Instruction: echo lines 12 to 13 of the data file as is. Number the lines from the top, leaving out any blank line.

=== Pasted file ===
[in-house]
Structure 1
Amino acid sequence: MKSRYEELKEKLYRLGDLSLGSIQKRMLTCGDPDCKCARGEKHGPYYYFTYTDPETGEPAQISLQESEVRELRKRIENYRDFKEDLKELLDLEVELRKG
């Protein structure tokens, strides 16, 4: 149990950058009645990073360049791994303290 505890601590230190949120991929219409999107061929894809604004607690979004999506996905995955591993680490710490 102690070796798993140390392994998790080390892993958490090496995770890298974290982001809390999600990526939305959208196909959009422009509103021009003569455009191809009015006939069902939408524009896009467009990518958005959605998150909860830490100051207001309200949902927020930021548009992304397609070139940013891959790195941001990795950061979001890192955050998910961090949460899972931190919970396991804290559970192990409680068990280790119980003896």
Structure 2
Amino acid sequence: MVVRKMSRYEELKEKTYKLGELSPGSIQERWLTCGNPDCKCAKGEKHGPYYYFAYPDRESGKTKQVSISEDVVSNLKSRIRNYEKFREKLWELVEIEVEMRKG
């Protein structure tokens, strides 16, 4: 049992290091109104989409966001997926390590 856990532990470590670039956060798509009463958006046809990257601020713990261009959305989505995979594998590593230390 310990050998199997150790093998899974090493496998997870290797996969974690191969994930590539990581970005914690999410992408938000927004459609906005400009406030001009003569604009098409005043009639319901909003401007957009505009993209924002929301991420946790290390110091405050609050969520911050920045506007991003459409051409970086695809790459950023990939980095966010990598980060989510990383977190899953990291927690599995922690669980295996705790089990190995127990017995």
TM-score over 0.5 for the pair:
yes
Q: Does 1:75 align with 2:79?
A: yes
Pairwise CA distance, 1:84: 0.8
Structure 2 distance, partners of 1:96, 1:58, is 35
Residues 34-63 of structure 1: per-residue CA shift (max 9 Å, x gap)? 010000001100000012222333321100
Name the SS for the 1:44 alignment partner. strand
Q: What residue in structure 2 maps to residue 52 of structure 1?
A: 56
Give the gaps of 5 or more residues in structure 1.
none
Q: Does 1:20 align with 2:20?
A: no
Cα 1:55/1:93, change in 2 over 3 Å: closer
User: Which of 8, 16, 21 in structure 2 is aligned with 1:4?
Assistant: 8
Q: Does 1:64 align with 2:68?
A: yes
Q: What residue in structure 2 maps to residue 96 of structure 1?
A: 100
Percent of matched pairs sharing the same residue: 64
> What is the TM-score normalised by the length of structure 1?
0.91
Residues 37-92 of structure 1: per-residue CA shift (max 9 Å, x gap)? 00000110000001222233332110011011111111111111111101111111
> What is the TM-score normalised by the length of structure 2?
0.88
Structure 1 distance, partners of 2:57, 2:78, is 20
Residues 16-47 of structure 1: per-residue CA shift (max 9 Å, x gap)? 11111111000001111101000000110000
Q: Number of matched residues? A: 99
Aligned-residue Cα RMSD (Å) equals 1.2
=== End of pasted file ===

Pairwise CA distance, 1:84: 0.8
Structure 2 distance, partners of 1:96, 1:58, is 35